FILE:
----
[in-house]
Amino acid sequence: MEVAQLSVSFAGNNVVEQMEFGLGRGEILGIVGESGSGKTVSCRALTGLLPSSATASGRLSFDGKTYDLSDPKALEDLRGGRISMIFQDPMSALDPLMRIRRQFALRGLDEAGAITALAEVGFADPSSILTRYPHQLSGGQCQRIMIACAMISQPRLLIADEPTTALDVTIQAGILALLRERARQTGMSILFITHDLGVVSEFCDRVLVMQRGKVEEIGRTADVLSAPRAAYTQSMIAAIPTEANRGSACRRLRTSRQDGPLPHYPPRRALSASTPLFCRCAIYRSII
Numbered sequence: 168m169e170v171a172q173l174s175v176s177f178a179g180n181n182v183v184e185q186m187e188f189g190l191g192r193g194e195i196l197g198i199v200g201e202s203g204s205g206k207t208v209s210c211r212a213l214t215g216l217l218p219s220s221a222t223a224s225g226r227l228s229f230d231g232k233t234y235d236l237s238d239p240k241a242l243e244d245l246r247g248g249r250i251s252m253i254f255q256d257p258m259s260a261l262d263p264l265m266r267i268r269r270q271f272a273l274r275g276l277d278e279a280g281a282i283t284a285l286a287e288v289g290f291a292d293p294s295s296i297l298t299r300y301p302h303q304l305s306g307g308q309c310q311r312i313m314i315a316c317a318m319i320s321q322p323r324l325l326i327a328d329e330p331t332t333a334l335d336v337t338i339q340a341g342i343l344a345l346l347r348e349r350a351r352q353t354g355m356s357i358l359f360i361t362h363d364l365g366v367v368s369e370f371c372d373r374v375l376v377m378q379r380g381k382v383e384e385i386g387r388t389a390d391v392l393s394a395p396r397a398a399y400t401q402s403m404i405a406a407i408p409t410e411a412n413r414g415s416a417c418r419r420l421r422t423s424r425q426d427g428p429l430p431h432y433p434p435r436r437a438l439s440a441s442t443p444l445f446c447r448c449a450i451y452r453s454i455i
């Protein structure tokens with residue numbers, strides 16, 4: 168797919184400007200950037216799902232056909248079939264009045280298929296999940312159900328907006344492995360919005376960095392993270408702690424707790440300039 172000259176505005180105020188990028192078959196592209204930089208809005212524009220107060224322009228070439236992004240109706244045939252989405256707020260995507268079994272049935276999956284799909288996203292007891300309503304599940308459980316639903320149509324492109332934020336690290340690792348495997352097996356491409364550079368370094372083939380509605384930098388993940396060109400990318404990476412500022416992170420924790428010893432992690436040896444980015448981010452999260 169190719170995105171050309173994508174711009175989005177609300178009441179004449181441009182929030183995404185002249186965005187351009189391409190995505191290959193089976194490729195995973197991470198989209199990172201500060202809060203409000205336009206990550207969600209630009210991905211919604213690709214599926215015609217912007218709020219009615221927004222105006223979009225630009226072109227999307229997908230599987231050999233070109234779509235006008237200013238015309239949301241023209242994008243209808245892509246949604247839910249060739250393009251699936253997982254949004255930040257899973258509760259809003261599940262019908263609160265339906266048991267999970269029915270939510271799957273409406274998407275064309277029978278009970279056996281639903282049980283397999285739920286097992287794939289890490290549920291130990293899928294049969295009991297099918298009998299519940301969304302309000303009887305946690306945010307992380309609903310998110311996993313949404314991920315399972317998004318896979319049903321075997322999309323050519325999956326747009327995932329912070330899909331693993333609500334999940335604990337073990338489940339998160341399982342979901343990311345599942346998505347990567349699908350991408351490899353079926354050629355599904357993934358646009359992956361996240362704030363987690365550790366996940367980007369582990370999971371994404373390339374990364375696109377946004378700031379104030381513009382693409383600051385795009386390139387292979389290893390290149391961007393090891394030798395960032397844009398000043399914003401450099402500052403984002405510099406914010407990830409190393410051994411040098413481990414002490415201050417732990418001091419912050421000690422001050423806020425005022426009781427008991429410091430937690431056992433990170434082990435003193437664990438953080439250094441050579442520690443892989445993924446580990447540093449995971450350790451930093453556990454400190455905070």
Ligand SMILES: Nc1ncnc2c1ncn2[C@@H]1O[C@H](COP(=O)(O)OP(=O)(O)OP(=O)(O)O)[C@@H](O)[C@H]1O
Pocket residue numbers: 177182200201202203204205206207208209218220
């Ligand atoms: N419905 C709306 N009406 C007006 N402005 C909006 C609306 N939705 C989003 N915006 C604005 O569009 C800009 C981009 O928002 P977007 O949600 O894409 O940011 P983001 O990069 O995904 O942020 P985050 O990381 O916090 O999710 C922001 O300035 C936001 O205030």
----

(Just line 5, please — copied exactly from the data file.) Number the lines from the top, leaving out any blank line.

Ligand SMILES: Nc1ncnc2c1ncn2[C@@H]1O[C@H](COP(=O)(O)OP(=O)(O)OP(=O)(O)O)[C@@H](O)[C@H]1O